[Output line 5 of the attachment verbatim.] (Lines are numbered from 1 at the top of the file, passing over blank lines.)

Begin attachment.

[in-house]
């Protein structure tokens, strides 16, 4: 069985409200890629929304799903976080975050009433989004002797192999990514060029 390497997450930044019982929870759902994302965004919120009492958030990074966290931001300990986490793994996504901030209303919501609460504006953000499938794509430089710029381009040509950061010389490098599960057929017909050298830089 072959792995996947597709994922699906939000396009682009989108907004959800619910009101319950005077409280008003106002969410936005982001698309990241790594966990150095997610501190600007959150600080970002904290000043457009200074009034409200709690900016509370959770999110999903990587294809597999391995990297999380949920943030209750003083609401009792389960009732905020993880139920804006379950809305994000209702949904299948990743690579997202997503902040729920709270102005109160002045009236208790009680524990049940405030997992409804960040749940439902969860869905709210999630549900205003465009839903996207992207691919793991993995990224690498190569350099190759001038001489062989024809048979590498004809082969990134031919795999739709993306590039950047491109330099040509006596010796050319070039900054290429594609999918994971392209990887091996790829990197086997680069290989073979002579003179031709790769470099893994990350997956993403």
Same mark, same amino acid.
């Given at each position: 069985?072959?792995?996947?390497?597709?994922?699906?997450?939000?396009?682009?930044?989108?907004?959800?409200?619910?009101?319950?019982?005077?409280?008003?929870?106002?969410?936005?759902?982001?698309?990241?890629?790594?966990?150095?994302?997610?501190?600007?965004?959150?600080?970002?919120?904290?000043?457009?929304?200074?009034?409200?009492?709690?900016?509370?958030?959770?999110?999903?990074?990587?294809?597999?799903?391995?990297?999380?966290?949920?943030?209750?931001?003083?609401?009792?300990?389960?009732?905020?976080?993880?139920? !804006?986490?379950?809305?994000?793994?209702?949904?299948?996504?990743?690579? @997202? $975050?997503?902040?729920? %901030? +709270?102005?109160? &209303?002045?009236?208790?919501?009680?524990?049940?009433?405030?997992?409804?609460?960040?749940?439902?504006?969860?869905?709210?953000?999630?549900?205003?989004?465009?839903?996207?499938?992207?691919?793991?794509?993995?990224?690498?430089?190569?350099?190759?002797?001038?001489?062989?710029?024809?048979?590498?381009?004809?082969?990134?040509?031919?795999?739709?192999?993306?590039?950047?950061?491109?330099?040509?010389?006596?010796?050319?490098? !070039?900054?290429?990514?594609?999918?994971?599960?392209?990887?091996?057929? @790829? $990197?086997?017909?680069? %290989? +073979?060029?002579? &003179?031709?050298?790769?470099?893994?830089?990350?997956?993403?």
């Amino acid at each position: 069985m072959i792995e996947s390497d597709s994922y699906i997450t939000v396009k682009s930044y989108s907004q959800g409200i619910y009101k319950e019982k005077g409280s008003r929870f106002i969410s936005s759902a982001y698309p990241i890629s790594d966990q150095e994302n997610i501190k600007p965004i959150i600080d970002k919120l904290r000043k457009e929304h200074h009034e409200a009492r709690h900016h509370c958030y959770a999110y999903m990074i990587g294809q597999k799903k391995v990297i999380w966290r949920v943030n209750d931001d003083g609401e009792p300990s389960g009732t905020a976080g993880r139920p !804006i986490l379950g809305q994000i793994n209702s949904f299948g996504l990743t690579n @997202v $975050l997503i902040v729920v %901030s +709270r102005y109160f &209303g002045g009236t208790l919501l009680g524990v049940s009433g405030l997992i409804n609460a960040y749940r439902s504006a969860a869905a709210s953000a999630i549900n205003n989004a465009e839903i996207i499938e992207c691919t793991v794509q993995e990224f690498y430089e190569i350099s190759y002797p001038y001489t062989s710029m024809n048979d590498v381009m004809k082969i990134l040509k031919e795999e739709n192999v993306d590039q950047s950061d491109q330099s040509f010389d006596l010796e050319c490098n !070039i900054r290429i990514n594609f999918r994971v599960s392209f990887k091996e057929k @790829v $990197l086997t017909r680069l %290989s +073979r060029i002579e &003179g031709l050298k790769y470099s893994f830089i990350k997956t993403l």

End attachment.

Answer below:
């Amino acid at each position: 069985m072959i792995e996947s390497d597709s994922y699906i997450t939000v396009k682009s930044y989108s907004q959800g409200i619910y009101k319950e019982k005077g409280s008003r929870f106002i969410s936005s759902a982001y698309p990241i890629s790594d966990q150095e994302n997610i501190k600007p965004i959150i600080d970002k919120l904290r000043k457009e929304h200074h009034e409200a009492r709690h900016h509370c958030y959770a999110y999903m990074i990587g294809q597999k799903k391995v990297i999380w966290r949920v943030n209750d931001d003083g609401e009792p300990s389960g009732t905020a976080g993880r139920p !804006i986490l379950g809305q994000i793994n209702s949904f299948g996504l990743t690579n @997202v $975050l997503i902040v729920v %901030s +709270r102005y109160f &209303g002045g009236t208790l919501l009680g524990v049940s009433g405030l997992i409804n609460a960040y749940r439902s504006a969860a869905a709210s953000a999630i549900n205003n989004a465009e839903i996207i499938e992207c691919t793991v794509q993995e990224f690498y430089e190569i350099s190759y002797p001038y001489t062989s710029m024809n048979d590498v381009m004809k082969i990134l040509k031919e795999e739709n192999v993306d590039q950047s950061d491109q330099s040509f010389d006596l010796e050319c490098n !070039i900054r290429i990514n594609f999918r994971v599960s392209f990887k091996e057929k @790829v $990197l086997t017909r680069l %290989s +073979r060029i002579e &003179g031709l050298k790769y470099s893994f830089i990350k997956t993403l």